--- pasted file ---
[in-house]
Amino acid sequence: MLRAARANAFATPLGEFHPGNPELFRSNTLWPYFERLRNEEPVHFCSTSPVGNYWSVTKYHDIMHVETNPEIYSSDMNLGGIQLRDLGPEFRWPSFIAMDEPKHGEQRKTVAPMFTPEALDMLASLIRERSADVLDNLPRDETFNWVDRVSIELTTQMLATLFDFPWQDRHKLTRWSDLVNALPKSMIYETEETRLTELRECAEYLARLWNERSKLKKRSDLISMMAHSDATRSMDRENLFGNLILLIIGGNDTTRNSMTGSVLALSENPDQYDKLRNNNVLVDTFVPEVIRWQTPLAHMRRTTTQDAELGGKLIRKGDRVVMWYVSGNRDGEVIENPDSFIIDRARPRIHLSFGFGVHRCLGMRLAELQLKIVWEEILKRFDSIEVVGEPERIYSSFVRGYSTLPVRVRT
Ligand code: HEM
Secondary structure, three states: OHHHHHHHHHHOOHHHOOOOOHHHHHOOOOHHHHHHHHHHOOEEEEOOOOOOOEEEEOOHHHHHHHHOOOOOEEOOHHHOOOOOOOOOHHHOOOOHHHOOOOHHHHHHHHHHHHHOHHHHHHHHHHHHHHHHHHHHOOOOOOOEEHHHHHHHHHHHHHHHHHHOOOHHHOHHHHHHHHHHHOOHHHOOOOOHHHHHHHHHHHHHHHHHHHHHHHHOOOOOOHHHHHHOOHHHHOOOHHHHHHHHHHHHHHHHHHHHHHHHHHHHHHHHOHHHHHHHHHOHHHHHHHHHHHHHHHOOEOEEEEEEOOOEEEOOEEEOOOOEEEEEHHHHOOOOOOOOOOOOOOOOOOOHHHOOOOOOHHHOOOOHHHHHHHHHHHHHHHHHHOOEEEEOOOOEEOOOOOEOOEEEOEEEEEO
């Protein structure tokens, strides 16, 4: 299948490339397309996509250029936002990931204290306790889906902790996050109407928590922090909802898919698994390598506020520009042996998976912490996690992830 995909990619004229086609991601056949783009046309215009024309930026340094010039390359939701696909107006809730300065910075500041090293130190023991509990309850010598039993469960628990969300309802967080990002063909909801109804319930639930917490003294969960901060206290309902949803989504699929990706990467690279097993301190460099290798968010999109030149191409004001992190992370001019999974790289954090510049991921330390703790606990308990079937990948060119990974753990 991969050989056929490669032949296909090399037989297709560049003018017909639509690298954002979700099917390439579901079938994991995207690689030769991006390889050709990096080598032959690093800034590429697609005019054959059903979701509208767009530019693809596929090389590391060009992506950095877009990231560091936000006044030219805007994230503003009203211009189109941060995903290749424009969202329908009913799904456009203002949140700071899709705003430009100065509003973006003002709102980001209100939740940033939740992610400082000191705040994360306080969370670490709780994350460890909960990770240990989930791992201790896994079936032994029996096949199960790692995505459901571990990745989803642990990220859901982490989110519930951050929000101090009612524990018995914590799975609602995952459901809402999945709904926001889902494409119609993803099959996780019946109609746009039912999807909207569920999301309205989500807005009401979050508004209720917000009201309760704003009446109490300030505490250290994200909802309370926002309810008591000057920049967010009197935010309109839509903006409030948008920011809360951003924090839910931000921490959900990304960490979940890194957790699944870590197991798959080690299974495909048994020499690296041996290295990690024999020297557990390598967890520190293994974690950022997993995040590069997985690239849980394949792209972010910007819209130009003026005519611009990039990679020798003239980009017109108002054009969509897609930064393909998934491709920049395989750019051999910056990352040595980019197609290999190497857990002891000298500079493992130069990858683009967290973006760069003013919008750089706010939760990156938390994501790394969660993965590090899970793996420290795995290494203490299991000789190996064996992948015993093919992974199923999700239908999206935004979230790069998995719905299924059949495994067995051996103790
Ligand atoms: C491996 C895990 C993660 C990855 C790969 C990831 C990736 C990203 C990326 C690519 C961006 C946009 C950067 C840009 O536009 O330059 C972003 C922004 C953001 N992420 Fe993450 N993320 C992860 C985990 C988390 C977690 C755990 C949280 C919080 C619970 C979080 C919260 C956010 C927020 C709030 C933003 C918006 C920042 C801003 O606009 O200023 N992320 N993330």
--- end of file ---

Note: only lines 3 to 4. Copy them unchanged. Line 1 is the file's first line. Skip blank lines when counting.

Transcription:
Ligand code: HEM
Secondary structure, three states: OHHHHHHHHHHOOHHHOOOOOHHHHHOOOOHHHHHHHHHHOOEEEEOOOOOOOEEEEOOHHHHHHHHOOOOOEEOOHHHOOOOOOOOOHHHOOOOHHHOOOOHHHHHHHHHHHHHOHHHHHHHHHHHHHHHHHHHHOOOOOOOEEHHHHHHHHHHHHHHHHHHOOOHHHOHHHHHHHHHHHOOHHHOOOOOHHHHHHHHHHHHHHHHHHHHHHHHOOOOOOHHHHHHOOHHHHOOOHHHHHHHHHHHHHHHHHHHHHHHHHHHHHHHHOHHHHHHHHHOHHHHHHHHHHHHHHHOOEOEEEEEEOOOEEEOOEEEOOOOEEEEEHHHHOOOOOOOOOOOOOOOOOOOHHHOOOOOOHHHOOOOHHHHHHHHHHHHHHHHHHOOEEEEOOOOEEOOOOOEOOEEEOEEEEEO